The manufacturing industry has been hearing a lot about the Internet of Things (IoT) and Industry 4.0 in recent years. Principally, IoT should enable manufacturers to make things better, faster, quicker and more sustainably. However, David O’Keeffe, Operations Manager at contract electronics manufacturer (CEM), Trojan Electronics, believes connectivity should not be prioritised ahead of customer value.
He explains: “It’s clear that as manufacturers we are driven to make things that perform better, quicker or more sustainably. However, as manufacturers, we rely not only on the use of expensive capital equipment (Capex), but an often diverse and / or complex supply chain and the ability to obtain maximum efficiency from both our operational and production teams.
“Proponents of IoT and ‘better connectivity resulting in better data utilisation’ suggest that connectivity harnesses that all important data enabling manufacturers to achieve better asset utilisation. The reality is somewhat different and dependent on several additional factors including the type of production and location of your business.
“For example, retrofitting every piece of kit with smart sensors in a typical CEM would require significant investment. That is before there is even any mention of the cloud-based architecture the wealth of data captured will rely on or the upskilling of your production and operational team.
“Whilst I agree that full asset utilisation is important, we need to think instead about (1) what we are trying to measure and why and (2) how this enables us to deliver maximum value for our customers.”
Key metrics in manufacturing include overall equipment effectiveness (OEE) – the percentage of manufacturing time that is truly productive, and downtime analysis (DAD) – accurately analysing downtime and downtime loss.
Consequently, this assumes that by capturing the right data, manufacturers should be able to drill down to individual lines or equipment as required to provide a root cause analysis for any issues whilst providing key financial data which would inform future planning. Fair enough.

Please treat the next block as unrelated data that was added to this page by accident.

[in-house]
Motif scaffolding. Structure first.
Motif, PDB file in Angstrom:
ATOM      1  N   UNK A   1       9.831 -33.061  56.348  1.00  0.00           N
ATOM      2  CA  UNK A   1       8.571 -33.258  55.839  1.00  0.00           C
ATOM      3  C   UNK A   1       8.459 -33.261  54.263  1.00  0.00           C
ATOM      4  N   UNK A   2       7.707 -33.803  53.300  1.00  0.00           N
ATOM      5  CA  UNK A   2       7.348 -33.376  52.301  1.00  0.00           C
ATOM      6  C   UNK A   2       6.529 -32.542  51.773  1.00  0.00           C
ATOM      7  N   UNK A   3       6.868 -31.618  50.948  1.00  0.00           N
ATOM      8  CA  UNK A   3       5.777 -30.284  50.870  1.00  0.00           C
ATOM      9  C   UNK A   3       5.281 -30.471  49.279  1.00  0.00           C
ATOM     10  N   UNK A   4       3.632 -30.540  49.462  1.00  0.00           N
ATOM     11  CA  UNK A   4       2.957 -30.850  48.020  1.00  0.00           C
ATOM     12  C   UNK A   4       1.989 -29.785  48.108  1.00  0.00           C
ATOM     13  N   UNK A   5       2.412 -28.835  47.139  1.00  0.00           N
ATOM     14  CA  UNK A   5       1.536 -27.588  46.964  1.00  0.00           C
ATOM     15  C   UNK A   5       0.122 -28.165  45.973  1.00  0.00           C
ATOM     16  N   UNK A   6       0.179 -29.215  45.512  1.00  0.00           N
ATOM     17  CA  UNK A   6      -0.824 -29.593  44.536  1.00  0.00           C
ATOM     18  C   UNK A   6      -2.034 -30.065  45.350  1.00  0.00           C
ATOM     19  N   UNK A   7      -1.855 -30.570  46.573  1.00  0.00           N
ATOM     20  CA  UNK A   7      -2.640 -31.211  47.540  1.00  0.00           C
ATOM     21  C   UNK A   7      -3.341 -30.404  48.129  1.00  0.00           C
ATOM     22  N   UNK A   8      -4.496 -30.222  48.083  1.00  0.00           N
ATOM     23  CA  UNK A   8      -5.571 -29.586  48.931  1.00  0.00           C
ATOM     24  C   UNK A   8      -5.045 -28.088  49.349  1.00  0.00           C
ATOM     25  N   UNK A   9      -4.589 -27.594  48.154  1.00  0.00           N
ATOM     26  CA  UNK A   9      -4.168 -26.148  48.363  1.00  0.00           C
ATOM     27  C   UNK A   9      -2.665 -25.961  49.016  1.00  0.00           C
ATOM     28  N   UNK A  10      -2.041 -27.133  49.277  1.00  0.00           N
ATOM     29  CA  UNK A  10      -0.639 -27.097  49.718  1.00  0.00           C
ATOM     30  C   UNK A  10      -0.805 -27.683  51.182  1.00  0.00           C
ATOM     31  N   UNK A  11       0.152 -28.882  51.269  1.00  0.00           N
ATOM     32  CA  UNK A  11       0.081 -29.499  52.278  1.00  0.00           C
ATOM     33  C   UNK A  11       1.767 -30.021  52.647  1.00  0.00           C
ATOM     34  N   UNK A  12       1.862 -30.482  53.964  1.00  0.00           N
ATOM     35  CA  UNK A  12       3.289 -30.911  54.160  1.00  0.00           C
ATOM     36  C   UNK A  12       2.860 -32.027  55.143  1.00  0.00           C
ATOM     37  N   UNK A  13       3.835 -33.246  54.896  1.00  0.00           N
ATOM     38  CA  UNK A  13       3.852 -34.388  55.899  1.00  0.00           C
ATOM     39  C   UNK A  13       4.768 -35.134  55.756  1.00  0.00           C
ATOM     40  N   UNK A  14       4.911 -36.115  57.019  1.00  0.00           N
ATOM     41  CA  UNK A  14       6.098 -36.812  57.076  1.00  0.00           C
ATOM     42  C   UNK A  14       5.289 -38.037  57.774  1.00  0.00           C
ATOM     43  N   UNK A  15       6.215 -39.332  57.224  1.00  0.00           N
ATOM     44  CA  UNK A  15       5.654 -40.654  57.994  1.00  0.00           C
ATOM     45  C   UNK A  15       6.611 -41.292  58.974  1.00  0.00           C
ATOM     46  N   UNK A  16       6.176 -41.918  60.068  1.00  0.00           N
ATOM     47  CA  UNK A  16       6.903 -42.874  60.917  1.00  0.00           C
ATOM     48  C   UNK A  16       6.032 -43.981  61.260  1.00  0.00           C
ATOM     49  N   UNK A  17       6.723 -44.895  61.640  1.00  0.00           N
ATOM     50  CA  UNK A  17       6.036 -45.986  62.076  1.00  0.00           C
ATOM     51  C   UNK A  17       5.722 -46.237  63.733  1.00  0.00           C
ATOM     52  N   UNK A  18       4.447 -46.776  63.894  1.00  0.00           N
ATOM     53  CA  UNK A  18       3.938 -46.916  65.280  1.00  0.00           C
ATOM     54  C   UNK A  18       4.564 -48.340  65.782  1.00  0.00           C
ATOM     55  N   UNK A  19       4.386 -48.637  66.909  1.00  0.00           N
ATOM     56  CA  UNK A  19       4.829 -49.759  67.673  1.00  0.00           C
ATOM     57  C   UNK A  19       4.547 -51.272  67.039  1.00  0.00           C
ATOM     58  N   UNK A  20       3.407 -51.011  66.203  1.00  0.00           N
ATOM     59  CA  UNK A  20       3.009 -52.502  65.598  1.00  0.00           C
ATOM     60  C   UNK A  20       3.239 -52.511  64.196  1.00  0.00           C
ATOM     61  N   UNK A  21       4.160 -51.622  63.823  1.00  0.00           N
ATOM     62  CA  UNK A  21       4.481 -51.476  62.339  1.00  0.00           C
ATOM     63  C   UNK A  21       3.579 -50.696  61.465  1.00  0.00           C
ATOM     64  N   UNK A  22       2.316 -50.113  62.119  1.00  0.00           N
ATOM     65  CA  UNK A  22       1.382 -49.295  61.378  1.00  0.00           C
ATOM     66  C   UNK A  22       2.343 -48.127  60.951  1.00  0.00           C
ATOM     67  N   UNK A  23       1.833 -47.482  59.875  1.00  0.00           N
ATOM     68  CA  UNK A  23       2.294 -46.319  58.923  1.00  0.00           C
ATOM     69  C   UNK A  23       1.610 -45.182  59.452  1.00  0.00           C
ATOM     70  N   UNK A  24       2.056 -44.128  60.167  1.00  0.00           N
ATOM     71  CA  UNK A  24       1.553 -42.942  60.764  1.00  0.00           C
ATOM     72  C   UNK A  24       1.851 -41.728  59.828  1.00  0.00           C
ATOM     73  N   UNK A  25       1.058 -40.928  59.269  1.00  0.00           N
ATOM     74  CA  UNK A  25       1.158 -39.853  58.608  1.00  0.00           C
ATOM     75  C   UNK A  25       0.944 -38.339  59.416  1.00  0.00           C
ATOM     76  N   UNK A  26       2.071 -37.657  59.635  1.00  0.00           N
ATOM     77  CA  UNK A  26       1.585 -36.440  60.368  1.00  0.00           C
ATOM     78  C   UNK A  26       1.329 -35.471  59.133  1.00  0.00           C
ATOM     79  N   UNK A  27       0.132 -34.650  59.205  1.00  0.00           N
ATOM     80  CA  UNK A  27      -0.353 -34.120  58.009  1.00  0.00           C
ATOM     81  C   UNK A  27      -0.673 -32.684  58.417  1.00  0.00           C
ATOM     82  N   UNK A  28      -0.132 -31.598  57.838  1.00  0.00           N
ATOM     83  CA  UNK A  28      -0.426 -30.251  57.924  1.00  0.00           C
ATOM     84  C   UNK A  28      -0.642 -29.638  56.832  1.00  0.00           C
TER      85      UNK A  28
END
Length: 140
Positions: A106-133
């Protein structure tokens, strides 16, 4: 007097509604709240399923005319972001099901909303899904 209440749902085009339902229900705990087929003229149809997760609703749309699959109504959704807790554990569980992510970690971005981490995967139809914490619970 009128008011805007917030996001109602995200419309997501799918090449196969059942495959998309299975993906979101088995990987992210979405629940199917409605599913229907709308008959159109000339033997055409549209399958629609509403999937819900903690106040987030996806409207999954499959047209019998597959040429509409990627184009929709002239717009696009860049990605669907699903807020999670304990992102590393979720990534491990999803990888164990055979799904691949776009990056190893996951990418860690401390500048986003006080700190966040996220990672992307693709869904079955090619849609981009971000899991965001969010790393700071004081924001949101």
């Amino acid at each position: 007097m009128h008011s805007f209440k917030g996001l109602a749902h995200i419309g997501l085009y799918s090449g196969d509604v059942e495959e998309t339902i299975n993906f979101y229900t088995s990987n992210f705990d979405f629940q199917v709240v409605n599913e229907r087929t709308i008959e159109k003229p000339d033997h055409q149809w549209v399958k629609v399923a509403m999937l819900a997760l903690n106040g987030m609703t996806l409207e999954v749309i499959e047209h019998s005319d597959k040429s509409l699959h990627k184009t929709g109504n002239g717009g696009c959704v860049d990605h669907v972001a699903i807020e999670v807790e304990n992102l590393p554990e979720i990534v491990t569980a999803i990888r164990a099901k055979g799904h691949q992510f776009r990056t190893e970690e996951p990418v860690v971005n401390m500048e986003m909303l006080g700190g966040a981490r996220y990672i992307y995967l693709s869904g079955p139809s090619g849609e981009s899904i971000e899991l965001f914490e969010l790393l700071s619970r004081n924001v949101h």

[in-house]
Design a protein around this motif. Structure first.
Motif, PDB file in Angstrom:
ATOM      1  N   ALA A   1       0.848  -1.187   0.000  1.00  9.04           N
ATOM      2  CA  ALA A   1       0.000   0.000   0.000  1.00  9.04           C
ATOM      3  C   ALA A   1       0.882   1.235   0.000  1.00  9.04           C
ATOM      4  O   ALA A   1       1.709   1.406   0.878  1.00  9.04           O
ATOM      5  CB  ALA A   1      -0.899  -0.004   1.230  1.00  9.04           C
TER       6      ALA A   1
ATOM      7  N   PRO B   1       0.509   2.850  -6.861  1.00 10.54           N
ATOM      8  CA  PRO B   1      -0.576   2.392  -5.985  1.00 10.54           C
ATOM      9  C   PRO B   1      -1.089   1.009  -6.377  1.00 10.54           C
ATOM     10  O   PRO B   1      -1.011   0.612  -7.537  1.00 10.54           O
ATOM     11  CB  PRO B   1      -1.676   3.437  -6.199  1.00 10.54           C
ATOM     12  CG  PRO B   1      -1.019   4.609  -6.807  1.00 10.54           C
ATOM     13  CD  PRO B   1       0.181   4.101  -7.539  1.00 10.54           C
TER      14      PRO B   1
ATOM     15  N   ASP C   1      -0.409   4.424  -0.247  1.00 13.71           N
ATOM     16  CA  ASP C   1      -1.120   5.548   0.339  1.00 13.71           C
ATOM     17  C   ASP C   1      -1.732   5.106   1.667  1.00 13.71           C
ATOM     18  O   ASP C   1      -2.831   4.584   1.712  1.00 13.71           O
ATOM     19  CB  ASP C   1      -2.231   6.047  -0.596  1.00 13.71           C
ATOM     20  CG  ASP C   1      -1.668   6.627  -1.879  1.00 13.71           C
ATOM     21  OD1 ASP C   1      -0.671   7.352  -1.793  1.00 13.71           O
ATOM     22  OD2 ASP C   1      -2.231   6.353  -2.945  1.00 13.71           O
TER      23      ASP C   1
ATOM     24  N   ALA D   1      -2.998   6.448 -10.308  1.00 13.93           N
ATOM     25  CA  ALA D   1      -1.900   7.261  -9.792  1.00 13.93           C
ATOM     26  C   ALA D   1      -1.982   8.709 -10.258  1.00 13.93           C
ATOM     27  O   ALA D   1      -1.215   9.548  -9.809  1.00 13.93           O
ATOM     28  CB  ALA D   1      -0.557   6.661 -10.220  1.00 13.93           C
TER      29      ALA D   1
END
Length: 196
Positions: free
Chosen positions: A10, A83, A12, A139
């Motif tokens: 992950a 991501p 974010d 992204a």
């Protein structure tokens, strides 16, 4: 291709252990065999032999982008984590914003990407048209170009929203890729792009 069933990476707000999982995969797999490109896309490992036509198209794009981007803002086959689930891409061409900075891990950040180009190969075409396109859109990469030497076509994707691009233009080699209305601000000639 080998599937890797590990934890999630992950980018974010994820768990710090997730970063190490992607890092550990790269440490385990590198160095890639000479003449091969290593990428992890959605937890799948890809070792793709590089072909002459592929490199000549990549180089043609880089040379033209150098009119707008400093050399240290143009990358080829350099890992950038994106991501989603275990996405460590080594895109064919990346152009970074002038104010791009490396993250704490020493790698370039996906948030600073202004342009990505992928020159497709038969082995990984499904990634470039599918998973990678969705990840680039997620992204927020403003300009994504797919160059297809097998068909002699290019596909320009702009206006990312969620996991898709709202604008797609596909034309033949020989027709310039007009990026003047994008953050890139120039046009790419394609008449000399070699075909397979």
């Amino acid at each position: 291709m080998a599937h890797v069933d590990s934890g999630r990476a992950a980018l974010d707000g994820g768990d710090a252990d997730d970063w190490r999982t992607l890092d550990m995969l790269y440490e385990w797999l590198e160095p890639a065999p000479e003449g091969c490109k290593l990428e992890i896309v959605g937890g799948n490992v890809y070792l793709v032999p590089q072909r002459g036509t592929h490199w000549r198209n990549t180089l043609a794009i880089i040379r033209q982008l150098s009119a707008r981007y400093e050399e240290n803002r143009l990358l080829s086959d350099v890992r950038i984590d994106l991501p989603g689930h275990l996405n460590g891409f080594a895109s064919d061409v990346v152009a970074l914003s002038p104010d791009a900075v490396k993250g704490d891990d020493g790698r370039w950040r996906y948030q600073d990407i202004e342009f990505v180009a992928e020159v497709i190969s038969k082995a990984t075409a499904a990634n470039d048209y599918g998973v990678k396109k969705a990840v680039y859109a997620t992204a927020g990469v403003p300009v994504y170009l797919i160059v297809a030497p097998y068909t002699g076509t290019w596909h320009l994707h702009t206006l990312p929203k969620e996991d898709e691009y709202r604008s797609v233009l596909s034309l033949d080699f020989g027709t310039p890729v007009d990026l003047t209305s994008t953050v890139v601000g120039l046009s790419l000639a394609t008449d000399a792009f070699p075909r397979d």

If your manufacturing business relies of both hand placement (manual assembly) and machine fitting components (automation) or even refitting components, the data that matters needs to include several other variables, including:
- <span “>utilisation of uptime
- <span “>pick and place
- <span “>quality statistics for hand placement components per minute/ hour.
- <span “>Reliability e.g. right first time
- <span “>Amount of time spent reworking components, etc.
As such, it is just not as simple as “sweating the assets to save time and money” as some cloud-based web service providers are suggesting according to O’Keeffe.
From the above, it also makes it far more important to maximise reliability and quality rather than measuring throughput or output he says.
“Any investment of this nature would unlikely bring an immediate return on investment, contrary to what these web service providers are suggesting.”
Projects of this nature are further unlikely to be “discrete” and easy to achieve added O’Keeffe.
“Although the ability to predict failure patterns before they happen sounds good, good operational management already include predictive maintenance and optimised servicing schedules.
“Thus, rather adding more sensors to get more data from machinery, manufacturers should consider instead of what their customers value.
“For example, recycling component parts to make certain boards more economical, setting up an integrated and robust supply chain and flexing to provide more than one solution for a product assembly all matter more to customers than how many parts are produced in a day/ week or month.
“Rather than ‘Smart’ asset management, this is smart manufacturing focussed around building value and trust in a very uncertain world. Longer term, this is what effects the real bottom line rather than fixating on the uptime of operations.”